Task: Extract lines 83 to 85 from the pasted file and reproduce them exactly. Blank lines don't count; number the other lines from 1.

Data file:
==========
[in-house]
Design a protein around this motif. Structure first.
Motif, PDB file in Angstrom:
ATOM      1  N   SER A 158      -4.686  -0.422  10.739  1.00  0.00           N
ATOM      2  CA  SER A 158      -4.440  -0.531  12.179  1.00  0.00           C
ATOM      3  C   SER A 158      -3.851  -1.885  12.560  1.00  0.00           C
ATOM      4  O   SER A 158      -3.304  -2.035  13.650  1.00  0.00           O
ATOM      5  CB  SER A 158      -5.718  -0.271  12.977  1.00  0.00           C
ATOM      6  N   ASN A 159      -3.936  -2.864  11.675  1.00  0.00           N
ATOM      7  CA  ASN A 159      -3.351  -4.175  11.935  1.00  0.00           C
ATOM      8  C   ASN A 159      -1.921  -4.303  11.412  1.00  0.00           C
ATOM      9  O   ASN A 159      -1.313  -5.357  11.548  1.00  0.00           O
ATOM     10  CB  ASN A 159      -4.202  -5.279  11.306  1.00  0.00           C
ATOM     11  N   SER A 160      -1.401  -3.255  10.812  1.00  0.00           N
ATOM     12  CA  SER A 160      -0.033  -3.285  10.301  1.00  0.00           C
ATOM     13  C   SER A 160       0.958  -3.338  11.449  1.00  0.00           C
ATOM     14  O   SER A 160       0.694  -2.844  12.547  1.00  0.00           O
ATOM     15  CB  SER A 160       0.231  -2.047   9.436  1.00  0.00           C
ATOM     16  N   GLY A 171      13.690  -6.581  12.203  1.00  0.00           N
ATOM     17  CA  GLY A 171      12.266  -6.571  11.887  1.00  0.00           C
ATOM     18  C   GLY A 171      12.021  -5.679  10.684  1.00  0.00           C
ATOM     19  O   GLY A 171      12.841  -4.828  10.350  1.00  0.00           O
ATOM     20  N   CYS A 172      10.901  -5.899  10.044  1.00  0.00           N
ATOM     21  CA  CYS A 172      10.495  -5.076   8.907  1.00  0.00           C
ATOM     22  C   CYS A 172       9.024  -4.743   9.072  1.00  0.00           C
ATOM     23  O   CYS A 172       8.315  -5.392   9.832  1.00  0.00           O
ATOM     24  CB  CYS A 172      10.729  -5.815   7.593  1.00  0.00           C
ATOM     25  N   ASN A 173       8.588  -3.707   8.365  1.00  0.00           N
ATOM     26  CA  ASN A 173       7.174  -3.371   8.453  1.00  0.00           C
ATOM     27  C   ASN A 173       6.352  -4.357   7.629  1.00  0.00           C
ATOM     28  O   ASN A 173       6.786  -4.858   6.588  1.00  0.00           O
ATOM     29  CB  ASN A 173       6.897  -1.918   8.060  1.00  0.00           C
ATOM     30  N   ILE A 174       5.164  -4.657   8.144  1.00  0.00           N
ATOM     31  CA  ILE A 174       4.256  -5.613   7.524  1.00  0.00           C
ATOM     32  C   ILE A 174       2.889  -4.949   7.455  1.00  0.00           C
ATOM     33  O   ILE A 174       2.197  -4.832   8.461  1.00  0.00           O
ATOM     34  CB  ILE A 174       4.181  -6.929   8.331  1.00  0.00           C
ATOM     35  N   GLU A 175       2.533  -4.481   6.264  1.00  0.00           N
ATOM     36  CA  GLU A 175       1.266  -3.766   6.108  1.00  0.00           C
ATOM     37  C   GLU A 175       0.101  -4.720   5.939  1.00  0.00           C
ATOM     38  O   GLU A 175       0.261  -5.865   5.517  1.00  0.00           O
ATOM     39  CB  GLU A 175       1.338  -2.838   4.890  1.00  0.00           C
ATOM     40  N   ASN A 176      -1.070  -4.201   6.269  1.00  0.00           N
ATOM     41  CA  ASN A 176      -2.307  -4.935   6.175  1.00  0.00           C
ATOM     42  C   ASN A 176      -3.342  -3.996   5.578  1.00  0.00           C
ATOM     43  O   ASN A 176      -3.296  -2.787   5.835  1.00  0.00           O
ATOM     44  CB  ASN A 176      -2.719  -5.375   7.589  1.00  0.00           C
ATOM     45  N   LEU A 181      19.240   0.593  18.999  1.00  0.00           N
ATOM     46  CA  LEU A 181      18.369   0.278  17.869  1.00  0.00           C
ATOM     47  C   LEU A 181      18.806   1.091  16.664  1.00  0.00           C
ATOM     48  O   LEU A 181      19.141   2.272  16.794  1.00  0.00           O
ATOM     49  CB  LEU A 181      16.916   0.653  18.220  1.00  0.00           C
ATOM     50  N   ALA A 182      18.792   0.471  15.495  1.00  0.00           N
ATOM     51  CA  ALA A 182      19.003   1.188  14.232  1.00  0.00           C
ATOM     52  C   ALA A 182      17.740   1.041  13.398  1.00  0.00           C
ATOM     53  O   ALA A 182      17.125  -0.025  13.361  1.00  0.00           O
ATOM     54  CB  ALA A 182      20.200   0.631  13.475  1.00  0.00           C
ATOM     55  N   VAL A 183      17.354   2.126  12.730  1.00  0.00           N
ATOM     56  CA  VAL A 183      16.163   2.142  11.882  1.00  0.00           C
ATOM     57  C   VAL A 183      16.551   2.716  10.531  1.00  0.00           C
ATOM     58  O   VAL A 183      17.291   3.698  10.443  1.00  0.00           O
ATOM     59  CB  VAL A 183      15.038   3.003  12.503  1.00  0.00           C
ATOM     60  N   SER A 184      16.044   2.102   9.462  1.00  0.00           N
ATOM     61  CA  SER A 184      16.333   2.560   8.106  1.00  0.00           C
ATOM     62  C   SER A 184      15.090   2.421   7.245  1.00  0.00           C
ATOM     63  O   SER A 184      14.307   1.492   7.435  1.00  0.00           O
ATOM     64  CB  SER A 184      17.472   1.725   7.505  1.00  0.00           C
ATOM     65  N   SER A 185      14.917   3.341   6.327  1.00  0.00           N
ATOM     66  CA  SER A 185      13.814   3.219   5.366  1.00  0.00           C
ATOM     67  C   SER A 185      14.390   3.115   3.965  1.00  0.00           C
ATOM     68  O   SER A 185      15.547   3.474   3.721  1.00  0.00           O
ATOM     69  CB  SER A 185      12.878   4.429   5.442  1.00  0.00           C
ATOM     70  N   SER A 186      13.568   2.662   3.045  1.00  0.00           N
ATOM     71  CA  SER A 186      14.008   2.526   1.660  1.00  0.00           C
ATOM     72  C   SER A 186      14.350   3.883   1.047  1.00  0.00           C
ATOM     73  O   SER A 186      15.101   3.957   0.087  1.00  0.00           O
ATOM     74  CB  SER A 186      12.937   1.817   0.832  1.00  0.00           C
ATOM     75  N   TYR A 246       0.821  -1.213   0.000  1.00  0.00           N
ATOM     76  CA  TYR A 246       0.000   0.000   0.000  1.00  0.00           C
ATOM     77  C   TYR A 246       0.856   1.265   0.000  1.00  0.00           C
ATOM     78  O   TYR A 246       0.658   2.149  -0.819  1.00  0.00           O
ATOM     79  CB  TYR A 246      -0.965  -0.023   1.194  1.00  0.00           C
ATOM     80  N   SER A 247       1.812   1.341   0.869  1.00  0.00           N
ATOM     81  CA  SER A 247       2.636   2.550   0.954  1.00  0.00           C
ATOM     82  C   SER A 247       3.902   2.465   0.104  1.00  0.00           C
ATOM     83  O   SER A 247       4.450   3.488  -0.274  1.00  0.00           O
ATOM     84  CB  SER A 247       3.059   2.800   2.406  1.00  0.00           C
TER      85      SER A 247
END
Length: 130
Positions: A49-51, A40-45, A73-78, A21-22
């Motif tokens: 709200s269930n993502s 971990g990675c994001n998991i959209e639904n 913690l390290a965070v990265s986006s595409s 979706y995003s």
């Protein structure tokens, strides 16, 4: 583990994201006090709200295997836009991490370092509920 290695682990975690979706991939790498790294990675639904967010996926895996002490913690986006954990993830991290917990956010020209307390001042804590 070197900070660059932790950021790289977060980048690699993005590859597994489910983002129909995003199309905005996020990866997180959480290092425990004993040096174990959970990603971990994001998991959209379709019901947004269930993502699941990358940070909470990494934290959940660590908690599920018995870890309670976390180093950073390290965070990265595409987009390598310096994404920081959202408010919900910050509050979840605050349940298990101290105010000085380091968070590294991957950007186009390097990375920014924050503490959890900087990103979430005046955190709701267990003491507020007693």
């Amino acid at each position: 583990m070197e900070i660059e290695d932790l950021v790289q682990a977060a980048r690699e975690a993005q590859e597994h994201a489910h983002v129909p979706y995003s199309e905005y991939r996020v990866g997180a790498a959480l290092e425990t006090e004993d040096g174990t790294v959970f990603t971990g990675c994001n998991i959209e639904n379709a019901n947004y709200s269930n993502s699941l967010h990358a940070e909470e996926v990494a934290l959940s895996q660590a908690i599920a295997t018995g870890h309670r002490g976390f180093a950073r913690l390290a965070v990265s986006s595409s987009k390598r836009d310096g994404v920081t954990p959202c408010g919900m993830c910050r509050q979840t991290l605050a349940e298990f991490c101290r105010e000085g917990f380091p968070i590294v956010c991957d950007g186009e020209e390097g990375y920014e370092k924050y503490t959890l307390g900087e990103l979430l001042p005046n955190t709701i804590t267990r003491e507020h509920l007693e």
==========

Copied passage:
ATOM     80  N   SER A 247       1.812   1.341   0.869  1.00  0.00           N
ATOM     81  CA  SER A 247       2.636   2.550   0.954  1.00  0.00           C
ATOM     82  C   SER A 247       3.902   2.465   0.104  1.00  0.00           C